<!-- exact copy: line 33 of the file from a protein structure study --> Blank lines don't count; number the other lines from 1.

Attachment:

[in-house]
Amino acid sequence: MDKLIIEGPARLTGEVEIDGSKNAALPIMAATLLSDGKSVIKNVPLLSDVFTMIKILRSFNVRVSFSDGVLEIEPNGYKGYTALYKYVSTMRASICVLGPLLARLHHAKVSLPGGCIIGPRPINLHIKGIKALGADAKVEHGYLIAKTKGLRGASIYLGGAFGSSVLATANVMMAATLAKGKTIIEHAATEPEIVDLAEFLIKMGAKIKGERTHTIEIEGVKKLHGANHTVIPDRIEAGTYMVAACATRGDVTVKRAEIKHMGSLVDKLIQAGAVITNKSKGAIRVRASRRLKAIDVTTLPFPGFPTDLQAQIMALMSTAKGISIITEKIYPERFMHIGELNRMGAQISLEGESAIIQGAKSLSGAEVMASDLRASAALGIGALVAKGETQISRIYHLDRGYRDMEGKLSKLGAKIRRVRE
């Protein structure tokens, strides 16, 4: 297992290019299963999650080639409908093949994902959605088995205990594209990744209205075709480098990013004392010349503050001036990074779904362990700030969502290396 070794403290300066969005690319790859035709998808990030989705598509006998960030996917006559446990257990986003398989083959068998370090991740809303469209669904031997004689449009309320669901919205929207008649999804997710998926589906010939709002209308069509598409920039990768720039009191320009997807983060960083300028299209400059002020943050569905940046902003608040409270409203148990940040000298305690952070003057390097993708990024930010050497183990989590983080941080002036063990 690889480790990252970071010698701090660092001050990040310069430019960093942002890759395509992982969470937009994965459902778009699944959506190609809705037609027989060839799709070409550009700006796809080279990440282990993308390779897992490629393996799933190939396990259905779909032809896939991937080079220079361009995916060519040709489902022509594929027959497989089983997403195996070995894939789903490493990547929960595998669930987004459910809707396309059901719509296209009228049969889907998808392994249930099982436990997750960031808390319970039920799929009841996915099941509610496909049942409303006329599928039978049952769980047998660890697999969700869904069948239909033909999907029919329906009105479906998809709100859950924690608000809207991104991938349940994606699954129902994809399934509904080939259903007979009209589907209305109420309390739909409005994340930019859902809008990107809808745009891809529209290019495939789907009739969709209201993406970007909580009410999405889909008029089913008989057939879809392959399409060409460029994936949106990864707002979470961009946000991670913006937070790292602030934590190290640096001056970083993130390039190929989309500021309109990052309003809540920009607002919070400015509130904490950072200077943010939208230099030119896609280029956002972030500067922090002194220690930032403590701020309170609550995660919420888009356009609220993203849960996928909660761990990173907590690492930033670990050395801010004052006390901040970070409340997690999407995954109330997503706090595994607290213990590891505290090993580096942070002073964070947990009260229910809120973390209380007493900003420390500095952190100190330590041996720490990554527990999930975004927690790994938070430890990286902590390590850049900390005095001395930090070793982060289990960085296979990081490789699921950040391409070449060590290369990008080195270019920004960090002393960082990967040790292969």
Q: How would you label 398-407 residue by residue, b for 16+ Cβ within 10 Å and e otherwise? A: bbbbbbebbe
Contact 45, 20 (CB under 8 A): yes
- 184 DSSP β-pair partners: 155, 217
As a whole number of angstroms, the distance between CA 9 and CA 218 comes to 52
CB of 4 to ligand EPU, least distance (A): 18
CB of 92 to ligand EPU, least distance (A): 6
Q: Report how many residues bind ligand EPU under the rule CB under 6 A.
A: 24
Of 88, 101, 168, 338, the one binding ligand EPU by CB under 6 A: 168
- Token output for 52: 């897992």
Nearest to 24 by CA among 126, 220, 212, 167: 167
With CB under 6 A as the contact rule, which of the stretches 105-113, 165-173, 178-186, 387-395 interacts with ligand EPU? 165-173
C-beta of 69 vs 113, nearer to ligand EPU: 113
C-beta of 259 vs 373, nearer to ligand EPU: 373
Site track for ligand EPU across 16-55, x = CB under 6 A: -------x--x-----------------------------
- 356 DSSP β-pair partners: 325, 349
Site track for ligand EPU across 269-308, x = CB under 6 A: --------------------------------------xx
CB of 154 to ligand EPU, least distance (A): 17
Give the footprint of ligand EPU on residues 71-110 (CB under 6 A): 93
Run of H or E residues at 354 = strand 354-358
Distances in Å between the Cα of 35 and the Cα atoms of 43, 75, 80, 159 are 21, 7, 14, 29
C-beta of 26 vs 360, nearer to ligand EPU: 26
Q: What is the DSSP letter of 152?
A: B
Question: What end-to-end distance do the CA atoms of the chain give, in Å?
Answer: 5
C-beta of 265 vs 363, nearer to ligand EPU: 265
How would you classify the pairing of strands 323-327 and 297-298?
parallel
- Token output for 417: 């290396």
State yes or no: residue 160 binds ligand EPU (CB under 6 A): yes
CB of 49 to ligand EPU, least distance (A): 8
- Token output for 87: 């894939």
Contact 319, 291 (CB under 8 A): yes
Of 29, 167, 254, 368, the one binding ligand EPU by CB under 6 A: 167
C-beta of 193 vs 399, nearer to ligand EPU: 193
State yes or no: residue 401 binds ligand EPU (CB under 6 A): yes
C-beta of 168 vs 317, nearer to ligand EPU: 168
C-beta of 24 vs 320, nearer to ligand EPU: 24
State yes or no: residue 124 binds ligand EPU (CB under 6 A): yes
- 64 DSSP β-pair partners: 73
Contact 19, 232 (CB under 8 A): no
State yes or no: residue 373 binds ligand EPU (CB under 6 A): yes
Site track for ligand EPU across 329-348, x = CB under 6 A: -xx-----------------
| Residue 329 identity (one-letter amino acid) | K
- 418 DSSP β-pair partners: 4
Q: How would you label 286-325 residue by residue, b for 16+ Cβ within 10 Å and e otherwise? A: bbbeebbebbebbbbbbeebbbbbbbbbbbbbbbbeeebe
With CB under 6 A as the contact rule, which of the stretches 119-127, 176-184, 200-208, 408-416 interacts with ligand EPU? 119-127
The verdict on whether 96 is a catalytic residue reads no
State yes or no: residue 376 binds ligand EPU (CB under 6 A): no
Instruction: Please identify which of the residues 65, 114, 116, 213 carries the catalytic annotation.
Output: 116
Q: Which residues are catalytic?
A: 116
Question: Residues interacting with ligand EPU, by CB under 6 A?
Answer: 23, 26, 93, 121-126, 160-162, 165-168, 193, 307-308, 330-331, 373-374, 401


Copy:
- Token output for 417: 């290396």